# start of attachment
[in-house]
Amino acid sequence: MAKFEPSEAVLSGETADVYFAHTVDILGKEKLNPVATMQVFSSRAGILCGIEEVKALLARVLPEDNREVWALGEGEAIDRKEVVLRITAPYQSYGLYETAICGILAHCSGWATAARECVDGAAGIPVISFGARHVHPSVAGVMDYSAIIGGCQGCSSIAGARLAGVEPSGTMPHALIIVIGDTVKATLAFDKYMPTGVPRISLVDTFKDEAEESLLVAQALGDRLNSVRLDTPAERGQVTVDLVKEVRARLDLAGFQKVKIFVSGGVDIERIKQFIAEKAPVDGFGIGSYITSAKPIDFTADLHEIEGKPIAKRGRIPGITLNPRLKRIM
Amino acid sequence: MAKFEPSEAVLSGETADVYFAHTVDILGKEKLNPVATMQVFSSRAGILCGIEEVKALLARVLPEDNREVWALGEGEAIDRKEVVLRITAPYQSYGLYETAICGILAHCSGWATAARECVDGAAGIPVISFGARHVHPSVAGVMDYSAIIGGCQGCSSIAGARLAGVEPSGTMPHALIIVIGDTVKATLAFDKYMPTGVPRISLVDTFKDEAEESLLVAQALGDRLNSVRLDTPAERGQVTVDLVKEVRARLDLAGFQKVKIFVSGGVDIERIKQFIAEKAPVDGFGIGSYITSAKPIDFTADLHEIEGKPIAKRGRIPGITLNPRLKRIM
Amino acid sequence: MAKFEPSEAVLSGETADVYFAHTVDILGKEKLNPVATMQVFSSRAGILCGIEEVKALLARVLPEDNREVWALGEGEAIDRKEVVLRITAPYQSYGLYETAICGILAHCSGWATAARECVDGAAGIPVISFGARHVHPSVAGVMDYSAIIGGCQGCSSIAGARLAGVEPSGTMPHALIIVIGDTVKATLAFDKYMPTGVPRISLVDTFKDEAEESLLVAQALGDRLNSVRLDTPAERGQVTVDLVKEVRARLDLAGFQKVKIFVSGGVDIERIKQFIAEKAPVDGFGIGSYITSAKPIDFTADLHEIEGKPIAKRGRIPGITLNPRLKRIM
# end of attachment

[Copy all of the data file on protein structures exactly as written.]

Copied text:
[in-house]
Amino acid sequence: MAKFEPSEAVLSGETADVYFAHTVDILGKEKLNPVATMQVFSSRAGILCGIEEVKALLARVLPEDNREVWALGEGEAIDRKEVVLRITAPYQSYGLYETAICGILAHCSGWATAARECVDGAAGIPVISFGARHVHPSVAGVMDYSAIIGGCQGCSSIAGARLAGVEPSGTMPHALIIVIGDTVKATLAFDKYMPTGVPRISLVDTFKDEAEESLLVAQALGDRLNSVRLDTPAERGQVTVDLVKEVRARLDLAGFQKVKIFVSGGVDIERIKQFIAEKAPVDGFGIGSYITSAKPIDFTADLHEIEGKPIAKRGRIPGITLNPRLKRIM
Amino acid sequence: MAKFEPSEAVLSGETADVYFAHTVDILGKEKLNPVATMQVFSSRAGILCGIEEVKALLARVLPEDNREVWALGEGEAIDRKEVVLRITAPYQSYGLYETAICGILAHCSGWATAARECVDGAAGIPVISFGARHVHPSVAGVMDYSAIIGGCQGCSSIAGARLAGVEPSGTMPHALIIVIGDTVKATLAFDKYMPTGVPRISLVDTFKDEAEESLLVAQALGDRLNSVRLDTPAERGQVTVDLVKEVRARLDLAGFQKVKIFVSGGVDIERIKQFIAEKAPVDGFGIGSYITSAKPIDFTADLHEIEGKPIAKRGRIPGITLNPRLKRIM
Amino acid sequence: MAKFEPSEAVLSGETADVYFAHTVDILGKEKLNPVATMQVFSSRAGILCGIEEVKALLARVLPEDNREVWALGEGEAIDRKEVVLRITAPYQSYGLYETAICGILAHCSGWATAARECVDGAAGIPVISFGARHVHPSVAGVMDYSAIIGGCQGCSSIAGARLAGVEPSGTMPHALIIVIGDTVKATLAFDKYMPTGVPRISLVDTFKDEAEESLLVAQALGDRLNSVRLDTPAERGQVTVDLVKEVRARLDLAGFQKVKIFVSGGVDIERIKQFIAEKAPVDGFGIGSYITSAKPIDFTADLHEIEGKPIAKRGRIPGITLNPRLKRIM